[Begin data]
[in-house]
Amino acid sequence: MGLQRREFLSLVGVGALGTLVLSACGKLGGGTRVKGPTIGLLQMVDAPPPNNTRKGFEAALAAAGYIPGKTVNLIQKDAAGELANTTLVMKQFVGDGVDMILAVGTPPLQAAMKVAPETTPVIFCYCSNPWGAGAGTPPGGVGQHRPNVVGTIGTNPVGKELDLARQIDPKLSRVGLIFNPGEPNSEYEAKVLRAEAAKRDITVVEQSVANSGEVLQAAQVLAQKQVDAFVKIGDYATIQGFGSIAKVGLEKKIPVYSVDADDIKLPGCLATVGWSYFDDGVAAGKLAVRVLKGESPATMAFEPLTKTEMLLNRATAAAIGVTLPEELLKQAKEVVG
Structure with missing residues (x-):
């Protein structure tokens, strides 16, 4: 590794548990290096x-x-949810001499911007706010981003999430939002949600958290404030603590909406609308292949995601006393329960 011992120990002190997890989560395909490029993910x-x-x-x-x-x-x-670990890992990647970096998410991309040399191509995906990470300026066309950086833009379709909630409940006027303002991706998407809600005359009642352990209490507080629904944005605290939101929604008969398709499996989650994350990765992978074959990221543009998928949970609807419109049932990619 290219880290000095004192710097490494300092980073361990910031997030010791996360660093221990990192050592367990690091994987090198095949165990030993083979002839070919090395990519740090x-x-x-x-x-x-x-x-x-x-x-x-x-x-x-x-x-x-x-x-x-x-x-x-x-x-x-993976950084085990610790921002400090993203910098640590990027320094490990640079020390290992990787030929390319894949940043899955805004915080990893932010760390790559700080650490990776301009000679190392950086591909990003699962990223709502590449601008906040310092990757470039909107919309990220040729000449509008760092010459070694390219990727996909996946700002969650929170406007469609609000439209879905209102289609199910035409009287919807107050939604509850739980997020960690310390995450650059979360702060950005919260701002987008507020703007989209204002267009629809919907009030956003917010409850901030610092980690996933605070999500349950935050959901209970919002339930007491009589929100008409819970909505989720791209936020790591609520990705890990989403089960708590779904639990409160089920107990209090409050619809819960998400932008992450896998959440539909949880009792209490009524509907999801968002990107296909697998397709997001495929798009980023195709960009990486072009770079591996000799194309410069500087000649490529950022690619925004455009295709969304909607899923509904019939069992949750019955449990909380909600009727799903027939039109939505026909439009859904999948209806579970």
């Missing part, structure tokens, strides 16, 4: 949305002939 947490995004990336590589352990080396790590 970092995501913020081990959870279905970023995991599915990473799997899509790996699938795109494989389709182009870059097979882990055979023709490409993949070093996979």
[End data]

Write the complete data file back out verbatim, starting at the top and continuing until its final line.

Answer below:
[in-house]
Amino acid sequence: MGLQRREFLSLVGVGALGTLVLSACGKLGGGTRVKGPTIGLLQMVDAPPPNNTRKGFEAALAAAGYIPGKTVNLIQKDAAGELANTTLVMKQFVGDGVDMILAVGTPPLQAAMKVAPETTPVIFCYCSNPWGAGAGTPPGGVGQHRPNVVGTIGTNPVGKELDLARQIDPKLSRVGLIFNPGEPNSEYEAKVLRAEAAKRDITVVEQSVANSGEVLQAAQVLAQKQVDAFVKIGDYATIQGFGSIAKVGLEKKIPVYSVDADDIKLPGCLATVGWSYFDDGVAAGKLAVRVLKGESPATMAFEPLTKTEMLLNRATAAAIGVTLPEELLKQAKEVVG
Structure with missing residues (x-):
């Protein structure tokens, strides 16, 4: 590794548990290096x-x-949810001499911007706010981003999430939002949600958290404030603590909406609308292949995601006393329960 011992120990002190997890989560395909490029993910x-x-x-x-x-x-x-670990890992990647970096998410991309040399191509995906990470300026066309950086833009379709909630409940006027303002991706998407809600005359009642352990209490507080629904944005605290939101929604008969398709499996989650994350990765992978074959990221543009998928949970609807419109049932990619 290219880290000095004192710097490494300092980073361990910031997030010791996360660093221990990192050592367990690091994987090198095949165990030993083979002839070919090395990519740090x-x-x-x-x-x-x-x-x-x-x-x-x-x-x-x-x-x-x-x-x-x-x-x-x-x-x-993976950084085990610790921002400090993203910098640590990027320094490990640079020390290992990787030929390319894949940043899955805004915080990893932010760390790559700080650490990776301009000679190392950086591909990003699962990223709502590449601008906040310092990757470039909107919309990220040729000449509008760092010459070694390219990727996909996946700002969650929170406007469609609000439209879905209102289609199910035409009287919807107050939604509850739980997020960690310390995450650059979360702060950005919260701002987008507020703007989209204002267009629809919907009030956003917010409850901030610092980690996933605070999500349950935050959901209970919002339930007491009589929100008409819970909505989720791209936020790591609520990705890990989403089960708590779904639990409160089920107990209090409050619809819960998400932008992450896998959440539909949880009792209490009524509907999801968002990107296909697998397709997001495929798009980023195709960009990486072009770079591996000799194309410069500087000649490529950022690619925004455009295709969304909607899923509904019939069992949750019955449990909380909600009727799903027939039109939505026909439009859904999948209806579970």
């Missing part, structure tokens, strides 16, 4: 949305002939 947490995004990336590589352990080396790590 970092995501913020081990959870279905970023995991599915990473799997899509790996699938795109494989389709182009870059097979882990055979023709490409993949070093996979």